28 October, Rome, Italy – As the global context of land governance becomes increasingly complex, and the debate increasingly polarized, open and constructive discourse among key actors is imperative if the ultimate goal is good, sustainable land governance. It is in this aim that the International Land Coalition has launched the new issue in the Framing the Debate series, in order to bring the debate out into the open, and the actors to the table.
With the help of leading land experts, the Framing the Debate series seeks to clarify some of the key issues, identify areas of consensus and issues of contention for a constructive exchange of ideas. For its fourth publication in the series, focus has shifted towards China, following previous Debates on Africa, Asia and Brasil.
“This paper meets many of the objectives pursued by the Framing the Debate series. It sheds light on the land governance aspects of an increasingly influential but not always well understood global actor, China, ” said Dr. Madiodio Niasse, ILC Director.
The publication was launched yesterday at an International Conference in Beijing, co-organised by the International Land Coalition, Renmin University of China, China Land Survey and Planning Institute (CLSPI) and China Land Science Society (CLSS).
A huge milestone within the China land debate, “this conference makes a timely contribution to the understanding of China’s land issues, and lays a solid foundation for ILC’s cooperation with Chinese government, academic and research institutions,” says Yongjun Zhao, one of the lead-authors and coordinator of the publication and Assistant Professor at the University of Groningen in the Netherlands. “It is playing an important role in enhancing the understanding of China’s land issues among Chinese and international land experts, practitioners and policy makers.”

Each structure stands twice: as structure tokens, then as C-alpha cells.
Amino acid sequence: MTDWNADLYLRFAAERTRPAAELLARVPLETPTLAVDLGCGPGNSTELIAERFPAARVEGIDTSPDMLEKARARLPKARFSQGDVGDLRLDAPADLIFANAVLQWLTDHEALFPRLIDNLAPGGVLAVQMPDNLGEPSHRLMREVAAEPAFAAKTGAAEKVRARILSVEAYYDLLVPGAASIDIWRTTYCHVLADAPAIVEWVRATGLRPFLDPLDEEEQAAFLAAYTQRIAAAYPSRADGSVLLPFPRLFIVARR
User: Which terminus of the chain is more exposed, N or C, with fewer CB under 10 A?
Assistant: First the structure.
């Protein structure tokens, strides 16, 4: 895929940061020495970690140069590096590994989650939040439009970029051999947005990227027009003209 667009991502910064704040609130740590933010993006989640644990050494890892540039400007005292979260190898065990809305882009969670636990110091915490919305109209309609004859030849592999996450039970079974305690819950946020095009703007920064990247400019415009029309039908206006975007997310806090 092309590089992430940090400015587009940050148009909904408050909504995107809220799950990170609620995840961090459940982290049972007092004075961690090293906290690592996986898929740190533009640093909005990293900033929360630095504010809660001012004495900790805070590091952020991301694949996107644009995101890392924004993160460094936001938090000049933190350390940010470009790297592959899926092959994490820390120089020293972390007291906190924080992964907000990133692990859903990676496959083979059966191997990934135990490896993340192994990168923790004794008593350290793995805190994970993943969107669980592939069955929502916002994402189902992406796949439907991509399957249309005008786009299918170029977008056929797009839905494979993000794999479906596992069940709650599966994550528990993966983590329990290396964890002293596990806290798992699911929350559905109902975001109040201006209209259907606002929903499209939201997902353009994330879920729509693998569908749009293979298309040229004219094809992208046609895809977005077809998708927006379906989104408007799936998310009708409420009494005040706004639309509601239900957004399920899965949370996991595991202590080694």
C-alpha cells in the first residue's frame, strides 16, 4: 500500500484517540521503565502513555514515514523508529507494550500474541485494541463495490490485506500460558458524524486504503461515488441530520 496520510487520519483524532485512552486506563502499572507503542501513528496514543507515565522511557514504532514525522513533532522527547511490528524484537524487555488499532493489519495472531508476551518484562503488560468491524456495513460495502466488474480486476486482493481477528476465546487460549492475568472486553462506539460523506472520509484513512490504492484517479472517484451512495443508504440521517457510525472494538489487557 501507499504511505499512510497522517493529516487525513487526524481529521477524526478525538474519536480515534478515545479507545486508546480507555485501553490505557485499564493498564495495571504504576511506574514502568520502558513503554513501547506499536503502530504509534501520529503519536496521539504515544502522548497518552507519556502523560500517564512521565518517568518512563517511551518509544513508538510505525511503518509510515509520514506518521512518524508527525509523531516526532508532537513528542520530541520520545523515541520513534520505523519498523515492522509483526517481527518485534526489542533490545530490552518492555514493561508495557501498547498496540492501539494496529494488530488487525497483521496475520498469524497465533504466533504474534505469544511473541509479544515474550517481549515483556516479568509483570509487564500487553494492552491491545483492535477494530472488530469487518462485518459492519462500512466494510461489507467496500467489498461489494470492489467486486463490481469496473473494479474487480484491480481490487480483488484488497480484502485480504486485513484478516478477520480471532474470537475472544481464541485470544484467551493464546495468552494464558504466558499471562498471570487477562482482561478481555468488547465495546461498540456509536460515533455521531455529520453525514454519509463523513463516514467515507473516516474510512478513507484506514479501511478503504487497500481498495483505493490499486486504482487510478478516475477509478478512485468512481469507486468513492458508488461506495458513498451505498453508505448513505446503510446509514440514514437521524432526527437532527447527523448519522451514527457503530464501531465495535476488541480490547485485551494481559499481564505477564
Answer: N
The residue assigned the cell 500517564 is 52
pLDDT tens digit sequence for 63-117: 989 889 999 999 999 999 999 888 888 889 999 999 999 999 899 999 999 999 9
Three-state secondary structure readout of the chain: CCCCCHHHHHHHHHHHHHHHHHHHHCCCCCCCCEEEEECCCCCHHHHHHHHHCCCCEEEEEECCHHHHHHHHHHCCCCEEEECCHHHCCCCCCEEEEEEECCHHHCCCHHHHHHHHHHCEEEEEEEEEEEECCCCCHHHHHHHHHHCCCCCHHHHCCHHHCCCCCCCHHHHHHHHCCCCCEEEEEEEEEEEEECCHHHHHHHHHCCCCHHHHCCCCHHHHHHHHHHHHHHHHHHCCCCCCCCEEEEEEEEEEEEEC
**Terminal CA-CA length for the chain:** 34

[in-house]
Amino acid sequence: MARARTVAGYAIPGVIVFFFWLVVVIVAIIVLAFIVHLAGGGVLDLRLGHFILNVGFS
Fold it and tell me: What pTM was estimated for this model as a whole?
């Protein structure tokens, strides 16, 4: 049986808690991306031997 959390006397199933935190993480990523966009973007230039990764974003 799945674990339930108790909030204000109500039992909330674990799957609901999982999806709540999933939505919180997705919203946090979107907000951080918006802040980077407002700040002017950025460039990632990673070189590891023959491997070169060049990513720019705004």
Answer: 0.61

Authored by leading Chinese land experts, this ground-breaking report looks at China’s growing international role in investing in, and supporting the agricultural sector in developing countries. As a fast-growing emerging economy, China’s urbanisation and industrialisation has resulted in growing challenges for land tenure reform, land use, governance and development. The study suggests that innovative land policies and institutional mechanisms are needed.
According to the study, China currently finds itself at a crossroads, having to face some difficult decisions in designing and implementing the new land reform agenda. As the world’s second largest economy, the road China decides to follow will have implications not only within its borders but within the global context of land governance and food security.
The full publication can be found on the ILC website: http://www.landcoalition.org/publications/land-governance-21st-century-framing-debates-series